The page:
Wednesday, September 25, 2013

Interview with Swati Avasthi, author of CHASING SHADOWS

I am thrilled to welcome to the Inkpot Swati Avasthi, author of CHASING SHADOWS, a novel told in words and images. Just released yesterday, CHASING SHADOWS already has two starred reviews and is a Junior Library Guild Selection.

SPLIT (which was one of my favorite books of 2010, by the way!) was a contemporary novel with a single male protagonist. CHASING SHADOWS has two main female characters and incorporates both fantasy and comic-style art sections. Can you tell us a little about the similarities and differences between the books?

Thanks, Leah!  SPLIT is about what happens after chronic violence ends, after the escape from an abusive household. CHASING SHADOWS is also a post-violence story, about what happens after a sudden, unexpected act of violence interrupts a violence-free life. Both books focus on coping and who you hurt in that process.

But, as you mentioned, they are also very different in form and in tone.  I wrote CHASING SHADOWS in part as a response to a moment in my own life when I was faced with the notion that safety is an illusion, that death can show up at any time.  When I was 18, a friend I had had in middle school and had not talked to after we went to different high schools, was shot and killed in what is still an unsolved murder.  The moment I found out, all my words left me.  Words couldn't encompass the shock.  I wanted to capture that moment and I knew words weren't the way.  So I turned to images. So the form was really different.

I wrote it in girls' voices because I feel like friendships, more than boyfriends who sort of came and went, were more of how I came of age.

Wow. I’m so sorry about your friend’s tragedy – that’s terrible. It is wonderful to see more books focusing on friendship, though.

How did you get the idea to incorporate comic-style art sections, and how did you get your publisher – and the artist – on board?

My editor, Nancy Siscoe, is a brave and patient woman -- that's how.  I had a two-book contract for SPLIT plus one.  When I approached Nancy with the idea, she hopped on board pretty quickly, particularly after I showed her the way I was thinking of blending the two.  She was a great help on this novel, seeing a story in what was really a mess of ideas and always keeping me focused on what I was trying to say.

I was very lucky she and Sarah Hokason, the art editor, found Craig Phillips and brought him and his beautiful art to the book.  I wrote the script (the panel layouts, what I wanted in the panels, and the text).  Occasionally, the visual problems were bit too complicated for me to solve and Craig came up with some beautiful solutions.  Questions and notes were passed from artist to art editor to literary editor to writer and vice versa.  

While it was a bit like playing operator, I felt surprisingly comfortable with the process, which is a tribute to Nancy and Sarah.  Nancy and I spent hours upon hours on the phone working through moments and notes.  At one point, I thanked her for how much input she was allowing me to give.  She replied that she couldn't do it without me. At that point, I realized how hard Nancy, Sarah, and Craig were working to realize the vision I had.  I can't thank them enough.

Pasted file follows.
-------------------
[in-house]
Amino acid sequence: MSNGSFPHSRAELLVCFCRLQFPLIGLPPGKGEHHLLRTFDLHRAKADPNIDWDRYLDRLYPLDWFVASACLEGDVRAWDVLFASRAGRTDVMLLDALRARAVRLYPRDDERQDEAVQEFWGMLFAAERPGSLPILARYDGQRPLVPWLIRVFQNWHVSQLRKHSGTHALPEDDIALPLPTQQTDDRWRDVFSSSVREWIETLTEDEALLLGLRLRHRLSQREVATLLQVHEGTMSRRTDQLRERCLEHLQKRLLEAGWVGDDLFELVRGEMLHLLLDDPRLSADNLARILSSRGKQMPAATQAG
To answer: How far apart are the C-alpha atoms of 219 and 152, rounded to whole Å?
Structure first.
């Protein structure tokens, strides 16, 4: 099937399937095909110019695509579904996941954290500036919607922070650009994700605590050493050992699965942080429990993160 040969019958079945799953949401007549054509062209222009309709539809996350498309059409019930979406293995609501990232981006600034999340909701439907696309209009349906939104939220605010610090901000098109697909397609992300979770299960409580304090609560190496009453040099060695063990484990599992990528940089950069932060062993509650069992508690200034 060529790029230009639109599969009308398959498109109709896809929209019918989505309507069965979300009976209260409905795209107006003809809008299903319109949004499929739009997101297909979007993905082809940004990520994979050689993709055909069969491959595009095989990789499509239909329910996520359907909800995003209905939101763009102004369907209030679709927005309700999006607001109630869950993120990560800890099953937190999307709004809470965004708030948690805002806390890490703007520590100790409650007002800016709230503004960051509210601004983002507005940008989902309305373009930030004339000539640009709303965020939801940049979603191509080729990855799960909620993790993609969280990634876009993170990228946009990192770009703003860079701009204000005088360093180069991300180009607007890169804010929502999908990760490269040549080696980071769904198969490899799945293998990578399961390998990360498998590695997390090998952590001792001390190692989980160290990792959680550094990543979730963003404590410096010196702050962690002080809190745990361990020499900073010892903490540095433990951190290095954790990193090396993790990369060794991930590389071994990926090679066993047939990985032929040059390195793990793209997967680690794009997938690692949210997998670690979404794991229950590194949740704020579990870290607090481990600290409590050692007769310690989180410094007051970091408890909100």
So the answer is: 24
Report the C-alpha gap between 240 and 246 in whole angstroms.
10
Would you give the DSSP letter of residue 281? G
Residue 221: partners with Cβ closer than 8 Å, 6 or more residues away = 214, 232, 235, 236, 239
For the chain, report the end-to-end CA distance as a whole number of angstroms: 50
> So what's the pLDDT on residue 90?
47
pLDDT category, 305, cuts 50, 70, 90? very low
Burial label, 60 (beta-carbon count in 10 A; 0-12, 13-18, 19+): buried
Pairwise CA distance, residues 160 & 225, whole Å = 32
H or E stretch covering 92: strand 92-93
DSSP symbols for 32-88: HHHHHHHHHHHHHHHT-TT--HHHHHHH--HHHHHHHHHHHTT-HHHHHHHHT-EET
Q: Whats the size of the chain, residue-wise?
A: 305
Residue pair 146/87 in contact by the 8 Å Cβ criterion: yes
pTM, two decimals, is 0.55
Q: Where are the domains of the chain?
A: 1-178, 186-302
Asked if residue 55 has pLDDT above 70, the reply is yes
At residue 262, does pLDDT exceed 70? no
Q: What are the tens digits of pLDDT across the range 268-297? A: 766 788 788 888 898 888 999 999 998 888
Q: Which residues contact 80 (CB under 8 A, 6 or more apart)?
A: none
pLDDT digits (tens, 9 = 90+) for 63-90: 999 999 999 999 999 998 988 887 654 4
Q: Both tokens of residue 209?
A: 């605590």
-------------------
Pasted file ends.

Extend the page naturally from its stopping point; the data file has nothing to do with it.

Were there any specific comics that inspired the story (or that you just happen to love and want to talk about)?

In CHASING SHADOWS, one of my narrators, Savitri, retells the Hindu story she was named after, Savitri.  The first time I read that story, I read it as a comic from Amar Chitra Kata, an Indian publisher.  Obviously, I loved it.  It influenced the book, for sure, but it also influenced me and the way I thought about loyalty, which really plays into the story and into CHASING SHADOWS.

I didn't really read American superhero comics until I started writing this story.  But I love THE KILLING JOKE and THE JOKER.  Those were my favorites and, in fact, there's an epigraph in the book from THE KILLING JOKE.

I know it is unconventional, but I believe that villains and antagonists are done better in comics and graphic novels than in any other form. The immediacy of the conflict, the way that they invite the reader's imagination, their complicated motivations (sometimes) are really compelling.  Comics are rooted in the antagonist's realm, in my view.

Your book incorporates extreme freerunning, a sport that both intrigues and kind of scares me. Do you freerun? And if not, what kind of research into freerunning did you do?

Oh, I don't free run, but I love it!  The things that they do stun me -- leaping from 20 feet, running up walls, flipping over people.  It's kind of superhuman, right?  My research was actually quite extensive.  I was lucky enough that one of the few freerunning gyms in the country, Fight or Flight Academy, is located about 10 miles from my house.  One of the owners, Chad Zwallo, happened to be teaching a class at the gym where my kids were doing gymnastics.  So I sought him out and he was a wealth of information and help.  He read the book for me while in draft to make sure I had both the philosophy and the moves down.  Now, my kids have both done freerunning and one has been at it for two years.

Thanks so much for having me on your blog! I appreciate it!

How serendipitous for both you and your kids! Thank you for telling us so much about your book and your process!

You can find out more about Swati and her books at her website,

1 comment:

  1. Ooo! I discovered Savitri's story in a storytelling class in library school and LOVED it, and wondered why it didn't yet seem to be known at ALL in Western culture that I could find. Now I want to read this book entirely because it references Savitri!


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